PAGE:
Magickal naming

By Wendy L. Callahan

When we have a child, we have many decisions to make: breast or bottle? Co-sleep or crib? Back to work or stay at home? Homeschool, public or private school?

One decision that often comes with a surprising amount of wrangling, arguing and contention is naming. Everyone has an opinion on which names are appropriate and which names are absurd. Coming to an agreement with our partner, if there is one (or perhaps more than one) involved in the decision, is usually the first hurdle. Try as I might this year, I could not convince my husband that “Persephone Jane” was a perfectly lovely name for our soon-to-be-born daughter. However, once we settled on “Rowan Alice”, there were a few remarks from folks who said they considered the name “masculine”.

The thing about naming is it often has deeper meaning for the parents. Yes, some people – particularly celebrities – go for the shock value of an inherently ridiculous name. However, most of us choose a name for our children with great care and consideration for what that name represents.

We deliberately chose what, for us as a Pagan family, is a magickal name.

Over ten years ago, I did the same for my son. When I chose “Gavin” in 2002, prior to its spike in popularity, I did it with specific magickal intentions. I chose it for the connection to Sir Gawain, one of Sir Arthur’s greatest knights. It probably should not come as a surprise to me that my pre-teen son is now an adamant defender of young children from playground bullies, speaks of girls and women very respectfully, and prefers to heal rifts, rather than create them.

In some legends, Sir Gawain’s power also waxed and waned with the sun, like many of the major male deities in Paganism. Thus, I refer to my fair-haired, often sun-tanned son as “my little Sun God” at times.

By contrast, I refer to my unborn daughter (she is due in January) as “my little Goddess girl”. In Celtic mythology, the Rowan tree symbolizes protection, vision, mystery, and so much more. It is a beautiful and hardy tree, and its wood is often used to create divining rods. Each Rowan berry has a five-pointed star at its base, and the tree is sacred to the Goddess. Once again, the name we have chosen for our daughter carries very powerful Pagan symbolism, and it was chosen with this in mind.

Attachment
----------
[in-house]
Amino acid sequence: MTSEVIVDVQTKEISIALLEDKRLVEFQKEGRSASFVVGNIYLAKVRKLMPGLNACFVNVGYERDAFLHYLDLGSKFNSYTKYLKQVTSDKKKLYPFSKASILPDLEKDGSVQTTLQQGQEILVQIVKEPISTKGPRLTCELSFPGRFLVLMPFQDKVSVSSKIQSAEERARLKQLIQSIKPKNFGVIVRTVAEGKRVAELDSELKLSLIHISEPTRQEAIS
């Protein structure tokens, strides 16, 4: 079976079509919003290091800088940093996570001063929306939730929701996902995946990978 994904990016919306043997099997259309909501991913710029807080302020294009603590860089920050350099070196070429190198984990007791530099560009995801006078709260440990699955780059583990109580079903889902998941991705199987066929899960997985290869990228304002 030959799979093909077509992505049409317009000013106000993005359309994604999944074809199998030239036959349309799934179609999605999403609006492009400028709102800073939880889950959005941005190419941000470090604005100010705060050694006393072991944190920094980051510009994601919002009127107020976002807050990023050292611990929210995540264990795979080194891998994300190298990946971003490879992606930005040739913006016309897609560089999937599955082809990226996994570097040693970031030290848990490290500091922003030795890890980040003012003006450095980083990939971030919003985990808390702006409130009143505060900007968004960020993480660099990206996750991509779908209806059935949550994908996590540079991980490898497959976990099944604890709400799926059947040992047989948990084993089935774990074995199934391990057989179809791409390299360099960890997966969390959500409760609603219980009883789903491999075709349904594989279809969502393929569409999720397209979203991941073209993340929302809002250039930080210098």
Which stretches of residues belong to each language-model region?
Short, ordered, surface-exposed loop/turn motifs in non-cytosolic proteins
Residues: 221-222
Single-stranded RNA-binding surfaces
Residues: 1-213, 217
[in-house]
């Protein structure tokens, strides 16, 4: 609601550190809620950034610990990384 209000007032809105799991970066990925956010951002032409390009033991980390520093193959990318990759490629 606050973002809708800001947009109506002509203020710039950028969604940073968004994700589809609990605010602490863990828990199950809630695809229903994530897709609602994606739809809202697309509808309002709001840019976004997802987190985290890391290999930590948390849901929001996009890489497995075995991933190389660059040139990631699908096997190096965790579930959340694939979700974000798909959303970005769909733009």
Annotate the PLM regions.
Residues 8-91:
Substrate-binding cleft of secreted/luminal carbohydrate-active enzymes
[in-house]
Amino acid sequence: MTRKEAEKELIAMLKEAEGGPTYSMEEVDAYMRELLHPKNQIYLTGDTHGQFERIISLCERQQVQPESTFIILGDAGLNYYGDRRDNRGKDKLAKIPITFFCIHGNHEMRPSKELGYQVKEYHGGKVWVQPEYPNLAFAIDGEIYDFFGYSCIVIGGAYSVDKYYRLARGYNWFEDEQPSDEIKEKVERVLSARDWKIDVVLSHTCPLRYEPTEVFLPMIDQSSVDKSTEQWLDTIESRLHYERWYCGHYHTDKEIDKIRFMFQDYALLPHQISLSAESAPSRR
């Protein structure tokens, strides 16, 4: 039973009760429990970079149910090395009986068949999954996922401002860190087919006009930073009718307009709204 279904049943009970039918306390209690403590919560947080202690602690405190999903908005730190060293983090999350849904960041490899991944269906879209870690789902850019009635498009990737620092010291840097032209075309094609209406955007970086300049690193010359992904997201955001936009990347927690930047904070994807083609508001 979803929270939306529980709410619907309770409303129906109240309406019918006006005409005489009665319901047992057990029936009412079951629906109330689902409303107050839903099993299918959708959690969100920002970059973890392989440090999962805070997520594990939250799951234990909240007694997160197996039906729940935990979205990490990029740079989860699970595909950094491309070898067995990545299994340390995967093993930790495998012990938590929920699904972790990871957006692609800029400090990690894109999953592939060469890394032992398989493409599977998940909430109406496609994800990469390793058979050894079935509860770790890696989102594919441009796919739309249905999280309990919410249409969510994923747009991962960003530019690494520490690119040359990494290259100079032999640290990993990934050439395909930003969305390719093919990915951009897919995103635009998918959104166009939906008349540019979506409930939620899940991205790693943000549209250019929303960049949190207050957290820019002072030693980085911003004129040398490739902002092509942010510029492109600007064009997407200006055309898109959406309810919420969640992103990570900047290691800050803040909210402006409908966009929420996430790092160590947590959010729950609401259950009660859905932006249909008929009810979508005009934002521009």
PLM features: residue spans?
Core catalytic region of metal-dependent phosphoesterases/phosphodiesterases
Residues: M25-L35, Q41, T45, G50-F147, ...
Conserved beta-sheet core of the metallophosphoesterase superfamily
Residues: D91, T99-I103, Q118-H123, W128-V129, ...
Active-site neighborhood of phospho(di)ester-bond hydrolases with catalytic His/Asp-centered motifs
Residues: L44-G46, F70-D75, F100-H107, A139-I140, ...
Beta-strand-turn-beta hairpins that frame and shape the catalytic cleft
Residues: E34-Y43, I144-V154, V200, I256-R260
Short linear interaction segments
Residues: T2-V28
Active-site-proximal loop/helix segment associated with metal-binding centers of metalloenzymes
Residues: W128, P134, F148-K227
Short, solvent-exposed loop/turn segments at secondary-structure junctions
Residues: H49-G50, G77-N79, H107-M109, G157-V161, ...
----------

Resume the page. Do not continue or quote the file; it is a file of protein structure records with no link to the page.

This sort of deliberate magickal naming carries very powerful energy.

You need only look at countless fairy tales, myths and legends of creatures who would not permit mere mortals to know their true names to know this belief has endured for centuries. In those stories, if a mortal learned the creature’s name, they also gained power over that creature. The power of a name was considered as much a downfall, as it was a boon.

The Jews consider God’s true name a word of power. Then again, some Christians might consider certain names so abhorrent, they cross themselves for protection when they hear those names. There are also languages of power, such as the Enochian alphabet and the runes of the Elder Futhark. In Paganism, when when we select a magickal name for use in a group or ritual, we do not take this lightly. We are looking for a name that represents a quality we might want to enhance or cultivate in ourselves, or a deity we would like to honor.

Deliberate magickal naming is not just a Pagan practice. Many of us know people who specifically give their children Biblical names to honor the figures in those stories. The only difference in this instance is the pantheon of myths selected by the parents.

Many of us also name our children in a way that honors family members, living or deceased. My son’s middle name is his father’s first name, a tradition in my ex-husband’s family.

My own family has a tradition of handing down middle names from generation to generation. My middle name is the same as my mother’s middle name, and my sister’s middle name is a feminine version of our father’s. Since having children, my sister has continued this practice, passing on her middle name/our father’s middle name to one of her daughters and one of her sons. Little Rowan’s middle name is both in honor of a great-aunt I never knew, and a popular Victorian literary character.

Names also stick with us as far as the impressions they make. They carry powerful associations. You may hear people say, “I never met a ________ I liked.” Goodness knows I’ve put up with juvenile jokes about a fast food restaurant for years. In fact, I hated my name until I finally met my mother and asked her, “Why did you name me ‘Wendy’?” She answered that she specifically named me for “Wendy the Good Little Witch”.

Why, yes, my name and I have been on much better terms ever since.

Another thing parents often consider when naming their children, is what kind of person they might become.

I always hoped my little “Gawain” would grow to respect others and treat them with kindness. I wanted him to be compassionate and just, and the first time I saw him defending a small child from a large bully, I was beyond proud. Did I actually expect him to grow up as a defender of those in need? Not at all. Yet he did.

Is that due to his name? It’s a possibility. The power of such a name certainly does not negate my parenting and the ideals I believe I’ve nurtured into my son as he has grown over the years.

However, I will not discount the long history associated with the power of words and naming.

 

Wendy L. Callahan is an urban and steampunk fantasy author, Pagan writer, homeschooler, and genealogist from Bridgewater, Massachusetts. She currently lives in England with her husband, son, black-headed caique, and three cats (one of whom is certifiably demonic – at least, according to military veterinarians).

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Want more about Pagan naming? Check out these posts!

 

 


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